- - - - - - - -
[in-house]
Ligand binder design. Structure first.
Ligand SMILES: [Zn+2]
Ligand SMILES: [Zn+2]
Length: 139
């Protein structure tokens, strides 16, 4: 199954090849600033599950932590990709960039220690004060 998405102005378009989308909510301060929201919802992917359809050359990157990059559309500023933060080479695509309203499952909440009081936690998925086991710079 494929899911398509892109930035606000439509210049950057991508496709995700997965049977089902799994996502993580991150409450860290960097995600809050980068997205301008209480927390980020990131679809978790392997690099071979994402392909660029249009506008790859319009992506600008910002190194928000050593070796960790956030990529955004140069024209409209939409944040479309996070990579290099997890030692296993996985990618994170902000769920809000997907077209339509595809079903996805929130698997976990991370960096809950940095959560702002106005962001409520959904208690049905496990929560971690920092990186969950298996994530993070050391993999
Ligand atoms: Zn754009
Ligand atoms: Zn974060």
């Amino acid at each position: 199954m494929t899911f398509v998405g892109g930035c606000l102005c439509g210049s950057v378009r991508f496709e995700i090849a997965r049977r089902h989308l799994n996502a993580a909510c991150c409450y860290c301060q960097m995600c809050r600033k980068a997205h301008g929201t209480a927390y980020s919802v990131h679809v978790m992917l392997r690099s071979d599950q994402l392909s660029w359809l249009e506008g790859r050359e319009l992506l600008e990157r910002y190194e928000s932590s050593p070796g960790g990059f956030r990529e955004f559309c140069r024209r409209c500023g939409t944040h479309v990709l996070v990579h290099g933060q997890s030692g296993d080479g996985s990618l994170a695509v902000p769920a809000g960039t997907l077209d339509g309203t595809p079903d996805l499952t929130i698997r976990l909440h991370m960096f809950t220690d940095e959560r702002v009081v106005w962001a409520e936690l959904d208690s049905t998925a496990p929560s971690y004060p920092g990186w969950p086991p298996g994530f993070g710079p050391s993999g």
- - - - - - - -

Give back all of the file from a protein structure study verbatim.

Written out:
[in-house]
Ligand binder design. Structure first.
Ligand SMILES: [Zn+2]
Ligand SMILES: [Zn+2]
Length: 139
């Protein structure tokens, strides 16, 4: 199954090849600033599950932590990709960039220690004060 998405102005378009989308909510301060929201919802992917359809050359990157990059559309500023933060080479695509309203499952909440009081936690998925086991710079 494929899911398509892109930035606000439509210049950057991508496709995700997965049977089902799994996502993580991150409450860290960097995600809050980068997205301008209480927390980020990131679809978790392997690099071979994402392909660029249009506008790859319009992506600008910002190194928000050593070796960790956030990529955004140069024209409209939409944040479309996070990579290099997890030692296993996985990618994170902000769920809000997907077209339509595809079903996805929130698997976990991370960096809950940095959560702002106005962001409520959904208690049905496990929560971690920092990186969950298996994530993070050391993999
Ligand atoms: Zn754009
Ligand atoms: Zn974060």
């Amino acid at each position: 199954m494929t899911f398509v998405g892109g930035c606000l102005c439509g210049s950057v378009r991508f496709e995700i090849a997965r049977r089902h989308l799994n996502a993580a909510c991150c409450y860290c301060q960097m995600c809050r600033k980068a997205h301008g929201t209480a927390y980020s919802v990131h679809v978790m992917l392997r690099s071979d599950q994402l392909s660029w359809l249009e506008g790859r050359e319009l992506l600008e990157r910002y190194e928000s932590s050593p070796g960790g990059f956030r990529e955004f559309c140069r024209r409209c500023g939409t944040h479309v990709l996070v990579h290099g933060q997890s030692g296993d080479g996985s990618l994170a695509v902000p769920a809000g960039t997907l077209d339509g309203t595809p079903d996805l499952t929130i698997r976990l909440h991370m960096f809950t220690d940095e959560r702002v009081v106005w962001a409520e936690l959904d208690s049905t998925a496990p929560s971690y004060p920092g990186w969950p086991p298996g994530f993070g710079p050391s993999g």